My friend has died. She was very courageous and had cancer. She was a photographer, a maker of exquisite works. She was Dutch and chose euthanasia when the pain she was suffering became, after months, too unbearable. Now her partner is left alone to garden.
She was wise and quiet in her mind, an insightful, shrewd, kind, passionate person. I just adored her. The world since I’ve known her has felt illuminated by her presence. The sense of her presence among us: you know, those so rare people.
Tonight we are making a chicken curry very slowly and brewing up a panful of chai masala and my kitchen, where my friend and her partner once sat with me, smells of spices. My throat aches for her. I am crossing to the machinery in the next room to play Gurrumul Yunupingu’s song Bapa four times over; finally my companion without a word gets up and sets it to continuous loop. Thinking of the songwriter, who also could have died this week. Thinking on his experience in the Royal Darwin Hospital and of my friend, can she really be gone utterly, and of how we treat each other, can she really just – be gone, thinking of the Aboriginal belief that our soul goes into the soil, into the stones and trees, into the earth where we got born. Sometimes a mother rubs her newborn child in the red dirt, or in the ashes from the fire, to teach its soul – I think – where to come home to. It seems to me a woman who lived all her life in the one civil, intelligently run, beautiful city might be a beneficiary of this cool, loving, compassionate, scientifically realistic and empathic prophecy.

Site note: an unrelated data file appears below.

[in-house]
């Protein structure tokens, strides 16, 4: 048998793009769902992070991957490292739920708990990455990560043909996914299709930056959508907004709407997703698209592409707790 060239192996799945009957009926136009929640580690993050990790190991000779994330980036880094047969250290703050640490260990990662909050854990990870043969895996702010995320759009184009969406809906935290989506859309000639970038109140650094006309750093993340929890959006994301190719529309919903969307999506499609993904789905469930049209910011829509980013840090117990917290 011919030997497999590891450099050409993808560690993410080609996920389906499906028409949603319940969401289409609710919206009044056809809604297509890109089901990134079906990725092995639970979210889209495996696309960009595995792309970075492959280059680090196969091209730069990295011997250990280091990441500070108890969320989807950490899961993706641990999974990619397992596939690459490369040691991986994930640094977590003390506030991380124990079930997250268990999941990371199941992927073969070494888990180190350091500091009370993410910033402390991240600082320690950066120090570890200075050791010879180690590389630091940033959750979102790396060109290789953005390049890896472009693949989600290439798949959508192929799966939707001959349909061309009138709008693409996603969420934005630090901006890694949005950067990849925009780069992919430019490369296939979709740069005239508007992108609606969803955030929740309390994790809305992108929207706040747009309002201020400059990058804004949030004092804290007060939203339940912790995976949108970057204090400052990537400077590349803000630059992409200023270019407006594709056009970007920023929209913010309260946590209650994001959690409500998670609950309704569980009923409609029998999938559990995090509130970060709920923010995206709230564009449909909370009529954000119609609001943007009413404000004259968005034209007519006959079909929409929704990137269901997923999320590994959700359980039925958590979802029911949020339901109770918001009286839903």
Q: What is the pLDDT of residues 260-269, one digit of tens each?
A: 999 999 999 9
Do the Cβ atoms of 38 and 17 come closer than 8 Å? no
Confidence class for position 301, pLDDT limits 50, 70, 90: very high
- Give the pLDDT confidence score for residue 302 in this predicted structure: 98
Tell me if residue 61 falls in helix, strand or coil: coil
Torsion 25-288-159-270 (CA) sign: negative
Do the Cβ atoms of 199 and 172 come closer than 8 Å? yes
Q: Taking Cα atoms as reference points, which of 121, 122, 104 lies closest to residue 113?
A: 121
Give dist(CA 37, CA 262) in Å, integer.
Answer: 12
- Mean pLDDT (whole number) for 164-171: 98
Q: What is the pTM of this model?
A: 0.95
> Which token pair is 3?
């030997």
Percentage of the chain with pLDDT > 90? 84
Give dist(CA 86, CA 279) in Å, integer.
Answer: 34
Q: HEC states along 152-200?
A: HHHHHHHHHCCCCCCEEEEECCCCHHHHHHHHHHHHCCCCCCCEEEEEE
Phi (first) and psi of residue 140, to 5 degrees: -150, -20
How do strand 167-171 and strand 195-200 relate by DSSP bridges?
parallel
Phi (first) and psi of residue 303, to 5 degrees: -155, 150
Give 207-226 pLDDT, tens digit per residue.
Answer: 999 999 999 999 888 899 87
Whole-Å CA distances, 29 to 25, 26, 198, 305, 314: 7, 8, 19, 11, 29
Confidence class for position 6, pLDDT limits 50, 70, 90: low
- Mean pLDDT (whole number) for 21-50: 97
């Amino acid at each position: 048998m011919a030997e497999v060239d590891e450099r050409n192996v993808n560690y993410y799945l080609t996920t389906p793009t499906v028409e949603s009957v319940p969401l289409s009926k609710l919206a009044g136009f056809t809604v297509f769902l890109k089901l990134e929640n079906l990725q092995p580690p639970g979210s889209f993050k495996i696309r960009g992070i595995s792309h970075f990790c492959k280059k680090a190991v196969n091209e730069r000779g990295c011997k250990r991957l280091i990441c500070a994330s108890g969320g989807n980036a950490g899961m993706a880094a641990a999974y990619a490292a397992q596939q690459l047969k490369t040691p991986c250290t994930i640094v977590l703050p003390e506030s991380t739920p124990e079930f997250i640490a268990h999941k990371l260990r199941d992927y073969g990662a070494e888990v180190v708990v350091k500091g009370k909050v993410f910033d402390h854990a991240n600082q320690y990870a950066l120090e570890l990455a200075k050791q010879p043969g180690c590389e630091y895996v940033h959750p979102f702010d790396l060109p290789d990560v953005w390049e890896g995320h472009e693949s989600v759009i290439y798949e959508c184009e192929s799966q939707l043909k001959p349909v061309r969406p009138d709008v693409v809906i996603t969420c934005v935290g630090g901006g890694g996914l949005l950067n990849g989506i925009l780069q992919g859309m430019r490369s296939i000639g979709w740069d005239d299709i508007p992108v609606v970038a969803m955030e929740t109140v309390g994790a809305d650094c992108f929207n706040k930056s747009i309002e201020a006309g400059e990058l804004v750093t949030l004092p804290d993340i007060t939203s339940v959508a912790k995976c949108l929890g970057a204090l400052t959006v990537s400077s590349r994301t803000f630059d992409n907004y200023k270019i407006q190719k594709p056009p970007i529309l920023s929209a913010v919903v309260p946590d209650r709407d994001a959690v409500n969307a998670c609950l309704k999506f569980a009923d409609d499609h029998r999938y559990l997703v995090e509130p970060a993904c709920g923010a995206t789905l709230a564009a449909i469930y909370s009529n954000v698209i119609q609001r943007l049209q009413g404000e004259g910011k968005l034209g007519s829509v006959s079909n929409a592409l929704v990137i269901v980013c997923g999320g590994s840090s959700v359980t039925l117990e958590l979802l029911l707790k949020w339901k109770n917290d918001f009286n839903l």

The dead. Now we outnumber them for the first time it seems to me we must be particularly tender and respectful of the world they have left us, which their bodies have built, which their bones and blood constitute. I miss you, I miss you, I am crying out over the sink for you and you’re gone now and I miss you, I miss your company, your voice and your eyes, your dear creatureliness.